Once enrolled in a program, classes on nutrition, physiology, anatomy, esthetician theory, facial treatments, skin analysis, hair removal, color theory, sanitation, and safety will be taken. Courses will also teach students about cosmetology laws, ethics, management, and sales. Proper disinfection and sanitation techniques are also taught to ensure safety of both the professional and the client.
While in school, students are encouraged to practice customer service skills and hands-on techniques. Estheticians work directly with people. In return, good communication and interpersonal skills are essential for a client to have a positive experience. One can practice customer skills by improving listening and speaking skills and observing interactions between current professionals and clients.
Hands-on techniques may also be practiced on friends and family. It is essential for estheticians to be confident while performing skin care services. Practicing on friends, family, and other volunteers may also lead to future paying clients.
Most state boards require an individual to complete a minimum amount of hours to be eligible to take the state licensing exam. After completing all state–required courses, one will need to pass the exam in order to earn an esthetician license.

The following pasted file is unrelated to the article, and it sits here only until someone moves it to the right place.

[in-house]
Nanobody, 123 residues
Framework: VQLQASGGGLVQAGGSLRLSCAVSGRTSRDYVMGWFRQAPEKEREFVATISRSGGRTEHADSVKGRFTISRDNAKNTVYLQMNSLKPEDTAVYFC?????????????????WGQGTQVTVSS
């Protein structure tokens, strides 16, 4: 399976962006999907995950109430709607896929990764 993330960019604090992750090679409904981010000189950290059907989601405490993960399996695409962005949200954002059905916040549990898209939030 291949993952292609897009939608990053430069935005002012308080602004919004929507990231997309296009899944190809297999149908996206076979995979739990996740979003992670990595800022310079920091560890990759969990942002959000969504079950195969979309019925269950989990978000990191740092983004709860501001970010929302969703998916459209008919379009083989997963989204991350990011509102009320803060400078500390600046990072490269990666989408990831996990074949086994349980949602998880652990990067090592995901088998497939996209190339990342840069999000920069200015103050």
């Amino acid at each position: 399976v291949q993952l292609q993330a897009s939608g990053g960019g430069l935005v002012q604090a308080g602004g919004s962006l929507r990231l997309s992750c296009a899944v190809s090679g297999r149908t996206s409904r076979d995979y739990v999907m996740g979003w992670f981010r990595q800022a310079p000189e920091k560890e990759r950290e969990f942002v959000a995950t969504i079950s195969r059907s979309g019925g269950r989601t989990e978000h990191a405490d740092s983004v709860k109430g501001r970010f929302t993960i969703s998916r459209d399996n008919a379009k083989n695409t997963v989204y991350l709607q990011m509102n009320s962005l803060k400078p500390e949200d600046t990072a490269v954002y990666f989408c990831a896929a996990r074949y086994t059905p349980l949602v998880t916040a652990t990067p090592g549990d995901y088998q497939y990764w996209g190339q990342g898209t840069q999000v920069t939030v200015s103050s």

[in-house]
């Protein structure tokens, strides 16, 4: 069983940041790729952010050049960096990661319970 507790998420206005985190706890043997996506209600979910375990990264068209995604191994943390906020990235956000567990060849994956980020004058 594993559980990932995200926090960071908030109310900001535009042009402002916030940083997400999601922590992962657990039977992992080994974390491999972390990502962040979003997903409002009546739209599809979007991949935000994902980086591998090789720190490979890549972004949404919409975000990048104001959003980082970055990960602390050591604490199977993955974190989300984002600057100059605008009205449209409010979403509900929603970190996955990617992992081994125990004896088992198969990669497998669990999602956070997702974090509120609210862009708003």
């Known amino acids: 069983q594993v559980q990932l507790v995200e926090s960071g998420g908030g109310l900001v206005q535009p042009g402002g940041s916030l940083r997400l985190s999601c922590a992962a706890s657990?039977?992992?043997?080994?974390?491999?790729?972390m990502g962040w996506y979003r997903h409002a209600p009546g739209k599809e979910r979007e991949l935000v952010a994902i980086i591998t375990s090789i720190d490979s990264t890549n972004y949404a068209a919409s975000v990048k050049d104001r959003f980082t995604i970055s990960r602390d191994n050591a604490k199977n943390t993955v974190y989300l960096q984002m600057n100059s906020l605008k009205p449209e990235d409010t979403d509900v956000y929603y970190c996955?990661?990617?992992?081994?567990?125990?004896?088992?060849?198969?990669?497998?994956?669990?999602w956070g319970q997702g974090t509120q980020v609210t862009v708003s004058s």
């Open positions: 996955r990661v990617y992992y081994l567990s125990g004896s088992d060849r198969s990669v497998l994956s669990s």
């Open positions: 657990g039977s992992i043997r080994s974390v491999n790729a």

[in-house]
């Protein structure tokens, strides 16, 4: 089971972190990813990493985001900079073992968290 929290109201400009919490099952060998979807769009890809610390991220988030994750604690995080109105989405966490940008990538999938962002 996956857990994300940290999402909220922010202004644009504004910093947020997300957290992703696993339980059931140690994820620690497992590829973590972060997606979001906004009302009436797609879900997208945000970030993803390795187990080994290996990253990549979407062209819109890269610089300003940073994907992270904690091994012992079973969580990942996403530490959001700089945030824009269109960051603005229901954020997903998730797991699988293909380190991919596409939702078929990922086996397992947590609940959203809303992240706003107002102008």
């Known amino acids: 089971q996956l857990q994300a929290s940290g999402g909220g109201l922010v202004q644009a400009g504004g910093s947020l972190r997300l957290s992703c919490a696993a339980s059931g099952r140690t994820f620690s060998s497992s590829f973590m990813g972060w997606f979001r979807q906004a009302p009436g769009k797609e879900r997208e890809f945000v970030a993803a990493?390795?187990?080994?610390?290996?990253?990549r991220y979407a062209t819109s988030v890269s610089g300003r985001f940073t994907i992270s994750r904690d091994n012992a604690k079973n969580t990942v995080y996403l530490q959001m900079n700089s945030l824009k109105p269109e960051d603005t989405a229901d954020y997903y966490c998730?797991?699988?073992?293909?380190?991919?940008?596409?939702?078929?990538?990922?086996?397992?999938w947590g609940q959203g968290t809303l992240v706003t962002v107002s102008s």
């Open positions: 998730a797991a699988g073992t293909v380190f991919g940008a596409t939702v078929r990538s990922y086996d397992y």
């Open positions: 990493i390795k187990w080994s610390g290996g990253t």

A professional certification can be earned for experienced estheticians who want to show his or her dedication to the field. A licensed esthetician who has two years of work experience can qualify for voluntary certification through several organizations like the National Coalition of Estheticians and Manufacturers/Distributors and Associations (NCEA).
A licensed skin care special must complete a 1,200 hour job task analysis and pass an exam that meets national standards. The certification is completely voluntary and takes at least six weeks to complete. To earn this certification, the esthetician must have a state license, hold a valid CPR certification, be a current member of NCEA, and provide proof of insurance. Studying and training is essential in order so successfully sit for the certification exam.
After an individual passes a state esthetician exam and earns a state licensure, the next step is to gain work experience. An esthetician can apply for entry level positions in salons or spas. When a job is achieved, the esthetician should begin to form a circle of dedicated clients, In order to grow a clientele base, the esthetician must be friendly and interpersonal, as well as professional and responsible with their performance.
What does the Future Look Like for Esthetics and Skin Care Specialists?
Positions in the skin care industry are set to continue growing by 14 percent through 2020, according to the Bureau of Labor Statistics Occupational Outlook Handbook. New professionals will be needed to replace many existing estheticians.
The rate of growth is also a result of baby boomers getting older and seeking more skin treatments, advances in technology, and clients’ interest in repairing sun damage. Because jobs are likely to increase, the competition for the higher=paying spa and salon jobs will also most likely increase since positions are more limited in availability.